In 1962 researcher John Bertrand Gurdon at the University of Oxford in Oxford, England, conducted a series of experiments on the developmental capacity of nuclei taken from intestinal epithelium cells of feeding tadpoles. In the experiments, Gurdon conducted nuclear transplantation, or cloning, of differentiated cells, or cells that have already specialized to become one cell type or another, in tadpoles. Gurdon's experiment showed that differentiated adult cells could be induced to an undifferentiated state, where they could once again become multiple cell types.
"The Familial Factor in Toxemia of Pregnancy" (1968), by Leon C. Chesley, et al.
By Sarah Patel
In the 1950s and 1960s, researchers Leon Chesley, John Annitto, and Robert Cosgrove investigated the possible familial factor for the conditions of preeclampsia and eclampsia in pregnant women. Preeclampsia and eclampsia, which are related to high blood pressure, have unknown causes and affect at least five percent of all pregnancies.
Subject: Reproduction, Experiments, Disorders
"Congenital Club Foot in the Human Fetus" (1980), by Ernesto Ippolito and Ignacio Ponseti
By Katherine Gandee
In 1980, Ernesto Ippolito and Ignacio Ponseti published their results on a histological study they performed on congenital club foot in human fetuses. The researchers examined the feet of four aborted fetuses and compared the skeletal tissues from healthy feet to those affected by congenital club foot. Infants born with club foot are born with one or both feet rigidly twisted inwards and upwards, making typical movement painful and challenging.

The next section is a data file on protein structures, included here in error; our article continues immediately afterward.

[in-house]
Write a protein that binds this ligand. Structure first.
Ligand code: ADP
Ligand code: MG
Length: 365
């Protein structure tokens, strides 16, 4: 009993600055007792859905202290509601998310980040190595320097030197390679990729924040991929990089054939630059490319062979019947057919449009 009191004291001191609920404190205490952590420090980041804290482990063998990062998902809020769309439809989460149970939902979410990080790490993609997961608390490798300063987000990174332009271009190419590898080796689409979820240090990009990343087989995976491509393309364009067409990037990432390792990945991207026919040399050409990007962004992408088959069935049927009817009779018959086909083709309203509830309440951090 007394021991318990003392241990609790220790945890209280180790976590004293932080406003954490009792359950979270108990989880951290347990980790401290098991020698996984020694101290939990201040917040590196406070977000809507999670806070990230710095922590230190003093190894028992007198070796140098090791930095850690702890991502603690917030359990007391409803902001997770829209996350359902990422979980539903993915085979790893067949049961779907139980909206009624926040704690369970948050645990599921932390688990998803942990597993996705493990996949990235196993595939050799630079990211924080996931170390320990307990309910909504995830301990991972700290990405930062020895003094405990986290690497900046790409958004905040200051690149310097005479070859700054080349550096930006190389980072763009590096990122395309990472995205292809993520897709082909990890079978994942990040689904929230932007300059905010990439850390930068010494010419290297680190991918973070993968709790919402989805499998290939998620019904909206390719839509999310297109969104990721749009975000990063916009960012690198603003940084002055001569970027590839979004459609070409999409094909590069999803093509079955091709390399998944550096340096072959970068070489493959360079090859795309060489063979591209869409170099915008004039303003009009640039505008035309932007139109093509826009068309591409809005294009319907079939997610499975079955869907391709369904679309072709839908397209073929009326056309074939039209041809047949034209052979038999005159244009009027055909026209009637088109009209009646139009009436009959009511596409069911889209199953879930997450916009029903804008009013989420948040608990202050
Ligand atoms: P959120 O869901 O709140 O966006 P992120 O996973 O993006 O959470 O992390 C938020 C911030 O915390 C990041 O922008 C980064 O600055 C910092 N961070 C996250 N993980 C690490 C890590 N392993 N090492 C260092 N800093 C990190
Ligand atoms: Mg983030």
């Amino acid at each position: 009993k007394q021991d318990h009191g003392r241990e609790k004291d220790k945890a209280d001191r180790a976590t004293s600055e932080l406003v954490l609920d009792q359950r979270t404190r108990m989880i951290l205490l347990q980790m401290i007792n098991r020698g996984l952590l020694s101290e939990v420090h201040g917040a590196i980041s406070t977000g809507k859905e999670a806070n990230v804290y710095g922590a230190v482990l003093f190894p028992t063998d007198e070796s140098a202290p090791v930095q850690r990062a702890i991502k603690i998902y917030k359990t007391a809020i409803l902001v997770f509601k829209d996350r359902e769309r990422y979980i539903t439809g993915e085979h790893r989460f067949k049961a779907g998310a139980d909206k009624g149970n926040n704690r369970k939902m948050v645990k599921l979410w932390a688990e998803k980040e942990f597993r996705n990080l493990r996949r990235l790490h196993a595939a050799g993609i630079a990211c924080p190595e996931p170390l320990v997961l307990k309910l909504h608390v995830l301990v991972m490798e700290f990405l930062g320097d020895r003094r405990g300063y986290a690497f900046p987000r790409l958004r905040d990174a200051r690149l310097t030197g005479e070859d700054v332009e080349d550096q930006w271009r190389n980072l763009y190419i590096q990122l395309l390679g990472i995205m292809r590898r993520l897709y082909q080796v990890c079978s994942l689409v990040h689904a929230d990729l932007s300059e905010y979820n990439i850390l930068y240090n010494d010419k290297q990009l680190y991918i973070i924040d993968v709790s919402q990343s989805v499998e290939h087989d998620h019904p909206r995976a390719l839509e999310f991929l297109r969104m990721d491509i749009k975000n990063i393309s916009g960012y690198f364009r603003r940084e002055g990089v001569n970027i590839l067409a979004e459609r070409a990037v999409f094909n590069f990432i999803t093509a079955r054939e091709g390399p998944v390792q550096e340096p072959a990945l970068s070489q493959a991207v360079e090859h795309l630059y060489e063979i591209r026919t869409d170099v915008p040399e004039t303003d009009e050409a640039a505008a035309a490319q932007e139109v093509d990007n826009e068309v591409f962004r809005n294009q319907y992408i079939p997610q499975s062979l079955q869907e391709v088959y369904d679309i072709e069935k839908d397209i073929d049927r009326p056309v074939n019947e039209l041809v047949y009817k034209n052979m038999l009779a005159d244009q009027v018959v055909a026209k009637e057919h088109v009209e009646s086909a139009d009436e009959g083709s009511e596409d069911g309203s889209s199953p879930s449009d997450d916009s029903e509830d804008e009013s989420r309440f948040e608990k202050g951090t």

Ginger as a Treatment for Nausea and Vomiting in Pregnancy by Teraporn Vutyavanich, Theerajana Kraisarin, and Rung-Aroon Ruangsri (1998–2001)
By Cecilia Chou
In 1998 and 1999, Teraporn Vutyavanich, Theerajana Kraisarin, and Rung-Aroon Ruangsri in Thailand showed that ginger alleviated nausea in pregnant women. Vutyavanich and his colleagues found that the group of pregnant women who took ginger capsules reported significantly fewer nausea symptoms and vomiting episodes than the group who only received the placebo. Vutyavanich and his team’s study at Chiang Mai University in Chiang Mai, Thailand, was one of the earliest to investigate and support the use of ginger as an effective treatment for relieving pregnancy-related nausea and vomiting.
Harald zur Hausen's Experiments on Human Papillomavirus Causing Cervical Cancer (1976–1987)
By Grace Kim
From 1977 to 1987, Harald zur Hausen led a team of researchers across several institutions in Germany to investigate whether the human papillomavirus (HPV) caused cervical cancer. Zur Hausen's first experiment tested the hypothesis that HPV caused cervical cancer rather than herpes simplex virus type 2 (HSV-2), the then accepted cause. His second and third experiments detailed methods to identify two previously unidentified HPV strains, HPV 16 and HPV 18, in cervical cancer tumor samples. The experiments showed that HPV 16 and 18 DNA were present in cervical tumor samples.
"Presence of Fetal DNA in Maternal Plasma and Serum" (1997), by Dennis Lo, et al.
By Cassidy Possehl
In the late 1990s researchers Yuk Ming Dennis Lo and his colleagues isolated fetal DNA extracted from pregnant woman’s blood. The technique enabled for more efficient and less invasive diagnoses of genetic abnormalities in fetuses, such as having too many copies of chromosomes.